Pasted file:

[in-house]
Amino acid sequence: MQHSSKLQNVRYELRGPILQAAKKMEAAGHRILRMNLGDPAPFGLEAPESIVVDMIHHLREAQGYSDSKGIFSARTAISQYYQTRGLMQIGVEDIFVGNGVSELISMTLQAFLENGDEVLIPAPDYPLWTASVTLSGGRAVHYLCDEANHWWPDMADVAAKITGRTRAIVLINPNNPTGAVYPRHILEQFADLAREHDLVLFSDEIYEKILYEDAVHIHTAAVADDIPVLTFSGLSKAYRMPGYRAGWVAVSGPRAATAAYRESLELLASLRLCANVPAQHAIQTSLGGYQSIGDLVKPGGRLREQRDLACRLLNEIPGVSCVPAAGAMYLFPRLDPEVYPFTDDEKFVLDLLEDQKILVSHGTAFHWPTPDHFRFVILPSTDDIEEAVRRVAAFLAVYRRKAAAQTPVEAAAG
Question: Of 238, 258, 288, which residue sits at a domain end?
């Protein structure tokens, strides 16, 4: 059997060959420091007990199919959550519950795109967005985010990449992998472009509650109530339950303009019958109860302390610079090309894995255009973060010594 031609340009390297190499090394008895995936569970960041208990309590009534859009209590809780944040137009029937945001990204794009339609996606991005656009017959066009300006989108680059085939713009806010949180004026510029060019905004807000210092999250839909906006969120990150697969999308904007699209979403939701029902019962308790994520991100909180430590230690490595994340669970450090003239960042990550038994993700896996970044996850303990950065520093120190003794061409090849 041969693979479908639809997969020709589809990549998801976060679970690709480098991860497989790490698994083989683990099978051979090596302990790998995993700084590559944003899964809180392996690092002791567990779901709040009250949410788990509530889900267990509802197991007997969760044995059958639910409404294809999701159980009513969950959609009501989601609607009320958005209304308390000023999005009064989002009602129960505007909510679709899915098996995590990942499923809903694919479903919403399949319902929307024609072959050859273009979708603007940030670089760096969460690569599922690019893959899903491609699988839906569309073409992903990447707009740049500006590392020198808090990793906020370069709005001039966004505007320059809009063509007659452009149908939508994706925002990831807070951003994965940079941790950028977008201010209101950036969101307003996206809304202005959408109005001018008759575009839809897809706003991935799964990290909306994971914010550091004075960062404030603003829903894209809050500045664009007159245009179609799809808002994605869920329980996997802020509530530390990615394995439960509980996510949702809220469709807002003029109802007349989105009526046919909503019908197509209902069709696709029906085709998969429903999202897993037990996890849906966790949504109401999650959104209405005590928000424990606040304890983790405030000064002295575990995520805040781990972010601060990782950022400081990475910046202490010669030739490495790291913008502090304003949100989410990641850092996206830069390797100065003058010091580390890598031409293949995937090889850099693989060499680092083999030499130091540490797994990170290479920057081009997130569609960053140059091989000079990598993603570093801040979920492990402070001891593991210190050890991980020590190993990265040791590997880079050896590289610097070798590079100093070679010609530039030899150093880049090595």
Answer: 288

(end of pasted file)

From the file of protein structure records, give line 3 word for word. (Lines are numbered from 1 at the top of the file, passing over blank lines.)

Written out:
Question: Of 238, 258, 288, which residue sits at a domain end?